Ethics commission. Under current law, public officials and government employees are subject to a code of ethics. Ethics complaints against statewide elected officeholders, governor appointees, and employees of state departments are reviewed by a board of ethics upon request of the governor. Complaints filed against legislators are heard by a committee made up of legislators at the discretion of legislative leadership. Many local governments also have procedures in place to handle ethics complaints.

Amendment 41 creates an ethics commission with jurisdiction over all state, county, and municipal officials and employees. The commission’s purpose is to hear complaints, issue findings, assess penalties, and issue advisory opinions. Any person can file a complaint with the commission alleging a violation of the proposal, or any other standard of conduct or reporting requirement specified in law. The commission must investigate the complaint, hold a public hearing, and issue findings, unless the complaint is found to be frivolous. The commission has the power to subpoena documents or witnesses. It can also assess penalties if it finds an ethics violation occurred. In addition to investigating complaints, the commission can issue advisory opinions in response to a written request from a public official or government employee.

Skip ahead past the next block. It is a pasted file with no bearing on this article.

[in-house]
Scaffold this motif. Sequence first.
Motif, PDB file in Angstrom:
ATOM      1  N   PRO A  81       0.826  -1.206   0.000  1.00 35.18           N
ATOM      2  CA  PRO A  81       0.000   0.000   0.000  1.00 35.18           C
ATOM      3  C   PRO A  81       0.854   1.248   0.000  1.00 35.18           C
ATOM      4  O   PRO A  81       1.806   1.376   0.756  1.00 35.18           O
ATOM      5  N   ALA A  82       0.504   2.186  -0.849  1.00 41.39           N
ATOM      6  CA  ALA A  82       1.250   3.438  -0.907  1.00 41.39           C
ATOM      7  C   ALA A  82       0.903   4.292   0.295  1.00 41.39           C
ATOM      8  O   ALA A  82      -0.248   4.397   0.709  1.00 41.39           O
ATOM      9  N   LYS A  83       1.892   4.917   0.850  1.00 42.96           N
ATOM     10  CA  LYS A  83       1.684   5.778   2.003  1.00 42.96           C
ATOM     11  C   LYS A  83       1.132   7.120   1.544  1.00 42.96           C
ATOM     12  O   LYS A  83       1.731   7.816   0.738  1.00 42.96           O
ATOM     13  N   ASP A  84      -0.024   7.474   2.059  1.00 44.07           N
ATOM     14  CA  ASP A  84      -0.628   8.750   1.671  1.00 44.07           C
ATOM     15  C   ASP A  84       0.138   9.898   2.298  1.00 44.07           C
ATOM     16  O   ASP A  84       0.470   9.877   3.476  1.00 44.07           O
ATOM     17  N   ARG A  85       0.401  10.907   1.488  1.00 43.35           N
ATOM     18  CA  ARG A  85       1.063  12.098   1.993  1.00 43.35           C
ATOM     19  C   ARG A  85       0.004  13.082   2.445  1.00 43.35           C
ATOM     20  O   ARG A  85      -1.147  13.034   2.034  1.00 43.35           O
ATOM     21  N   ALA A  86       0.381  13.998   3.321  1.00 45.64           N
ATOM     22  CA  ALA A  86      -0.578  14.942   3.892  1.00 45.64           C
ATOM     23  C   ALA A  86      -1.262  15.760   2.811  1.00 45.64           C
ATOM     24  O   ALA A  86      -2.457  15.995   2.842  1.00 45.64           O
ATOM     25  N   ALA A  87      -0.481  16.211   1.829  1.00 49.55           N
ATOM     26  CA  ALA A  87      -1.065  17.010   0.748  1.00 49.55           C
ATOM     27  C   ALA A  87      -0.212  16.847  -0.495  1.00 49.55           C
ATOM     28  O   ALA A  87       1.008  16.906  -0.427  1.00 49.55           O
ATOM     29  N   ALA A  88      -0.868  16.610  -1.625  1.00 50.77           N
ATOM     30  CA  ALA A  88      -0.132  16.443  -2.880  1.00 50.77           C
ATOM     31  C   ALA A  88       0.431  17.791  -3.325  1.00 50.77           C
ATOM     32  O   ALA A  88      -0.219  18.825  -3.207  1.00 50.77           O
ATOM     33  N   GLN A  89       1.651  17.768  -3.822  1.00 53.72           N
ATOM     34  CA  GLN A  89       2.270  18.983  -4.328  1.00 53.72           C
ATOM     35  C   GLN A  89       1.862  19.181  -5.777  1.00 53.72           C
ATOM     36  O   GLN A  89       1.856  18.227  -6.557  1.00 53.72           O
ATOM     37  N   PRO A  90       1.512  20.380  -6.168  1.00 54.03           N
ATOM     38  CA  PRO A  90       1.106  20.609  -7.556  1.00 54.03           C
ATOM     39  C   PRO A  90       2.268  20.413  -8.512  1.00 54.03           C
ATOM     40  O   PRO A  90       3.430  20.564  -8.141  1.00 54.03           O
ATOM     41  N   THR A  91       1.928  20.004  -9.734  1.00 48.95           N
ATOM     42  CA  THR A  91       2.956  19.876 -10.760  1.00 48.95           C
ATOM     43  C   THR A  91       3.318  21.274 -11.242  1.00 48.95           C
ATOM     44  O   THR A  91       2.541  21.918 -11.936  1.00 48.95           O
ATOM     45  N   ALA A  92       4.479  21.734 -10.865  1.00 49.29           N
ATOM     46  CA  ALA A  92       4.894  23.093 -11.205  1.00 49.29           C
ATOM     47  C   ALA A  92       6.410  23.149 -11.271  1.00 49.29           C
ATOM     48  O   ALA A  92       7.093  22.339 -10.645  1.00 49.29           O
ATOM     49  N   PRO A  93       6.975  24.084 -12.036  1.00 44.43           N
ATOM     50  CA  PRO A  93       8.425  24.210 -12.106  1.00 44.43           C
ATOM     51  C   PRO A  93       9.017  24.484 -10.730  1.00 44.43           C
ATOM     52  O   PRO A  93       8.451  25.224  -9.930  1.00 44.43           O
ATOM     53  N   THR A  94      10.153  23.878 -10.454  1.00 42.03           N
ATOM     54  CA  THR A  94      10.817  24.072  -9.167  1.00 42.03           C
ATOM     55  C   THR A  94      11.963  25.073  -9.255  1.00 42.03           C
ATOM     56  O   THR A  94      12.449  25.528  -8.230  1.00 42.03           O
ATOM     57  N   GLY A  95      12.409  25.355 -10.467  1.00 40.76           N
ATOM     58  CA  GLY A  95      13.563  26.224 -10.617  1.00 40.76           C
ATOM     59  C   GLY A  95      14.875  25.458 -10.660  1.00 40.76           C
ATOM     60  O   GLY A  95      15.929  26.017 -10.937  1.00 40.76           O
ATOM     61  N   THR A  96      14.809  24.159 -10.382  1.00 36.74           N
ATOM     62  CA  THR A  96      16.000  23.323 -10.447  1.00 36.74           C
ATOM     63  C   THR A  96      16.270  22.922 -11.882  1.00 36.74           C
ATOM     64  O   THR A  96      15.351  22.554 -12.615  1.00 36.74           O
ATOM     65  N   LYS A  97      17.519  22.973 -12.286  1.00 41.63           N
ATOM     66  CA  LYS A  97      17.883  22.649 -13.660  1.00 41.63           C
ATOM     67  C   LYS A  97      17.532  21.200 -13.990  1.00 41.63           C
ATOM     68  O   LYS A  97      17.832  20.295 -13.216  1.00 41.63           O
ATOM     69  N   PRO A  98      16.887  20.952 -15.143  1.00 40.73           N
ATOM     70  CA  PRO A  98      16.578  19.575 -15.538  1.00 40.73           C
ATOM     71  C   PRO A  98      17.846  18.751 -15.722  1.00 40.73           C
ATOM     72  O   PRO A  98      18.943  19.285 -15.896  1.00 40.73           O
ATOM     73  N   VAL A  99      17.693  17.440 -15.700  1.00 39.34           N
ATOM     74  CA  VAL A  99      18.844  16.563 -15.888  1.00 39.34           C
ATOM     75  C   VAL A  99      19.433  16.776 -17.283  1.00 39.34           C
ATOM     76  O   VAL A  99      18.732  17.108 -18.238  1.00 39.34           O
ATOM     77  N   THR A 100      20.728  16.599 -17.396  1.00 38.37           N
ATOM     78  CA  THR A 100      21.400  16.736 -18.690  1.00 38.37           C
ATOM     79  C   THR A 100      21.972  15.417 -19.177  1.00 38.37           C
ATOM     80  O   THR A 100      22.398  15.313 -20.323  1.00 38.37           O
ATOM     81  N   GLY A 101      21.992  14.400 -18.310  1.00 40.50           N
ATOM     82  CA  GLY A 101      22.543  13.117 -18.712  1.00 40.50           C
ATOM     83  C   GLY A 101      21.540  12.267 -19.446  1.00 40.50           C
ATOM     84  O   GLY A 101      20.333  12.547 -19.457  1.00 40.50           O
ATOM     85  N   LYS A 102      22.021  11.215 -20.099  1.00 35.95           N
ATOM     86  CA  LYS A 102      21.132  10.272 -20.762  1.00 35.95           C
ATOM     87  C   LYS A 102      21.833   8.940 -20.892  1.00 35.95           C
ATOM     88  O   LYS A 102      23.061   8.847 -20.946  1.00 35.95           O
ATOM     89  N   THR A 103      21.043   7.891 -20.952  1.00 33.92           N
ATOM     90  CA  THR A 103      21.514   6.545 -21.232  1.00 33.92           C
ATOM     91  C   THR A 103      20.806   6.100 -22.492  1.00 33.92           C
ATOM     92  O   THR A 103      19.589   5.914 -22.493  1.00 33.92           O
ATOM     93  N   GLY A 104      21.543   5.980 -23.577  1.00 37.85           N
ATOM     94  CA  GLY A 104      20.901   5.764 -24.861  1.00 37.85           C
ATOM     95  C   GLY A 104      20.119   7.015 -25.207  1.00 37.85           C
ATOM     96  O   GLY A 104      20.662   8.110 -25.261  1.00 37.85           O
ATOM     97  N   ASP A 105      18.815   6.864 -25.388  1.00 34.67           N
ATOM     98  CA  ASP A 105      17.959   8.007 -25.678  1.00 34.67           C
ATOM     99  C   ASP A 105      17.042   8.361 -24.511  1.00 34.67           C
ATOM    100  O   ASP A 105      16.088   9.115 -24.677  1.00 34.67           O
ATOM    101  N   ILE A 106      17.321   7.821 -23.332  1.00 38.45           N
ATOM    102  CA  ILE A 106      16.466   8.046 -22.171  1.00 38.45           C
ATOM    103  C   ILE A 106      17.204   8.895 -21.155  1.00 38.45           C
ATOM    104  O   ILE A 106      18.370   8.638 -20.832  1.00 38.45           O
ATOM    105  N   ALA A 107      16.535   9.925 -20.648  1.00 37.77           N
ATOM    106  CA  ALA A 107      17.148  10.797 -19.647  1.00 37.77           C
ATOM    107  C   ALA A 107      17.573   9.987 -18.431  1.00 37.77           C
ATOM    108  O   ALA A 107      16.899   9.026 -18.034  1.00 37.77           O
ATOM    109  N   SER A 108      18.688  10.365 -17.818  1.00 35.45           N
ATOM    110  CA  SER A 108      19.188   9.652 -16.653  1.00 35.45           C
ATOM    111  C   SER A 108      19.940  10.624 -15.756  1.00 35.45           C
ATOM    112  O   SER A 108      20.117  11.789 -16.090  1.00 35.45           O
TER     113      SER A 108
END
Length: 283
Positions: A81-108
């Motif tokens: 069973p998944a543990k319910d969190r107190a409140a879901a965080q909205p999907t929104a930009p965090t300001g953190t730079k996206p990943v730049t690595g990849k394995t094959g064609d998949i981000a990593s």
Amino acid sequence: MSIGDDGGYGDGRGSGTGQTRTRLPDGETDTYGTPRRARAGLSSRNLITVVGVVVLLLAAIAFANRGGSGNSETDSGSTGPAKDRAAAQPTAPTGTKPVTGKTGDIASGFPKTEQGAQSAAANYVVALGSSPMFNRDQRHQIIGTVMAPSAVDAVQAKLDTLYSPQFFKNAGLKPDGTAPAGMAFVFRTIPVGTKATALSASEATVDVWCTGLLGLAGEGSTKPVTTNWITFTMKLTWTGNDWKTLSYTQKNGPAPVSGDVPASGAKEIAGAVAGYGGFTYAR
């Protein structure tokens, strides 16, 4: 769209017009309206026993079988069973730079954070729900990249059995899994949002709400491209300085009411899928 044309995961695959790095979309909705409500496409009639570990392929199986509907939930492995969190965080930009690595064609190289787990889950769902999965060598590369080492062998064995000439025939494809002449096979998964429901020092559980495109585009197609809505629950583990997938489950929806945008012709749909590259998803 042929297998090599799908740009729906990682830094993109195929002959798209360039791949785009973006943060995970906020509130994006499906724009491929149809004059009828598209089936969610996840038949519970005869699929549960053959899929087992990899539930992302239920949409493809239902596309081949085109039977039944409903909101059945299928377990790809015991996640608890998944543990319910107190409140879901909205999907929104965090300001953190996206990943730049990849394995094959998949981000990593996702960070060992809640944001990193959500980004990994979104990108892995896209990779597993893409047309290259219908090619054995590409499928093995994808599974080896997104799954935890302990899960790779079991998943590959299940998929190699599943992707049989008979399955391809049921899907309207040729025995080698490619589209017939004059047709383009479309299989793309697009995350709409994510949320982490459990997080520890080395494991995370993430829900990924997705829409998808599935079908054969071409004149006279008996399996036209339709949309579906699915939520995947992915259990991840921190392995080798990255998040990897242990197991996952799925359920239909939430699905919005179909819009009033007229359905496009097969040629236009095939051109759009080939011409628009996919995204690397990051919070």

The commission consists of five people. The state senate, the state house of representatives, the governor, and the chief justice of the Colorado Supreme Court each appoint one person to the commission. The fifth person is a local government official or local government employee selected by the other members. No more than two members may be from the same political party, and members must have been continuously registered with the same political party, or continuously unaffiliated, for at least two years before their appointment. Amendment 41 is silent on holding individual commission members accountable for any malfeasance committed while acting in their official capacity as members of the independent ethics commission.